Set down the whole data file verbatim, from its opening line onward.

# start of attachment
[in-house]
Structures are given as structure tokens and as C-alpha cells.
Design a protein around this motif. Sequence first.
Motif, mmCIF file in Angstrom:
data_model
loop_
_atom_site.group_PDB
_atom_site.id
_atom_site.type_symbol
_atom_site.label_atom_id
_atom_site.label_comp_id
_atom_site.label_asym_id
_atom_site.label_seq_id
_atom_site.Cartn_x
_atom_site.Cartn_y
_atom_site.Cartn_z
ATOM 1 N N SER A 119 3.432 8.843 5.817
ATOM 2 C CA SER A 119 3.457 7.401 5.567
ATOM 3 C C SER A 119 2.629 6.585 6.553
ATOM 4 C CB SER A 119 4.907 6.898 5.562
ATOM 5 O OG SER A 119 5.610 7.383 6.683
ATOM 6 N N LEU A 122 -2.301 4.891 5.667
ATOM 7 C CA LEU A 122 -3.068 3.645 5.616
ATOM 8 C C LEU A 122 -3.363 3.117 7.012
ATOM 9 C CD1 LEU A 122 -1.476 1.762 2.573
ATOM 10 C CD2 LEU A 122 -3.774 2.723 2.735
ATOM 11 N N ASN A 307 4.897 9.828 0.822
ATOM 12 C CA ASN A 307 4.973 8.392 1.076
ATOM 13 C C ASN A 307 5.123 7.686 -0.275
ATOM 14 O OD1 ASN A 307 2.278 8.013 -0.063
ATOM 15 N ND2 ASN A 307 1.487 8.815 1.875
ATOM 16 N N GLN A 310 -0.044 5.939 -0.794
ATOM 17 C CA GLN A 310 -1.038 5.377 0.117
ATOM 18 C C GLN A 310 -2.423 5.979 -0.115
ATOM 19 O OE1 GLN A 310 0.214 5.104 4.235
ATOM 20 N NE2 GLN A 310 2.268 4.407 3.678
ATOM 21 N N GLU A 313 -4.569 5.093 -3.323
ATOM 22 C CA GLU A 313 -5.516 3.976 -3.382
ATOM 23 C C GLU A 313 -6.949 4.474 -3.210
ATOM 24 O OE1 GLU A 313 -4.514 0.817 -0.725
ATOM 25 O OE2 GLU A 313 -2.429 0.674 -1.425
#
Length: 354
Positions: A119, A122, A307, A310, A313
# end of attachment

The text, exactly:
[in-house]
Structures are given as structure tokens and as C-alpha cells.
Design a protein around this motif. Sequence first.
Motif, mmCIF file in Angstrom:
data_model
loop_
_atom_site.group_PDB
_atom_site.id
_atom_site.type_symbol
_atom_site.label_atom_id
_atom_site.label_comp_id
_atom_site.label_asym_id
_atom_site.label_seq_id
_atom_site.Cartn_x
_atom_site.Cartn_y
_atom_site.Cartn_z
ATOM 1 N N SER A 119 3.432 8.843 5.817
ATOM 2 C CA SER A 119 3.457 7.401 5.567
ATOM 3 C C SER A 119 2.629 6.585 6.553
ATOM 4 C CB SER A 119 4.907 6.898 5.562
ATOM 5 O OG SER A 119 5.610 7.383 6.683
ATOM 6 N N LEU A 122 -2.301 4.891 5.667
ATOM 7 C CA LEU A 122 -3.068 3.645 5.616
ATOM 8 C C LEU A 122 -3.363 3.117 7.012
ATOM 9 C CD1 LEU A 122 -1.476 1.762 2.573
ATOM 10 C CD2 LEU A 122 -3.774 2.723 2.735
ATOM 11 N N ASN A 307 4.897 9.828 0.822
ATOM 12 C CA ASN A 307 4.973 8.392 1.076
ATOM 13 C C ASN A 307 5.123 7.686 -0.275
ATOM 14 O OD1 ASN A 307 2.278 8.013 -0.063
ATOM 15 N ND2 ASN A 307 1.487 8.815 1.875
ATOM 16 N N GLN A 310 -0.044 5.939 -0.794
ATOM 17 C CA GLN A 310 -1.038 5.377 0.117
ATOM 18 C C GLN A 310 -2.423 5.979 -0.115
ATOM 19 O OE1 GLN A 310 0.214 5.104 4.235
ATOM 20 N NE2 GLN A 310 2.268 4.407 3.678
ATOM 21 N N GLU A 313 -4.569 5.093 -3.323
ATOM 22 C CA GLU A 313 -5.516 3.976 -3.382
ATOM 23 C C GLU A 313 -6.949 4.474 -3.210
ATOM 24 O OE1 GLU A 313 -4.514 0.817 -0.725
ATOM 25 O OE2 GLU A 313 -2.429 0.674 -1.425
#
Length: 354
Positions: A119, A122, A307, A310, A313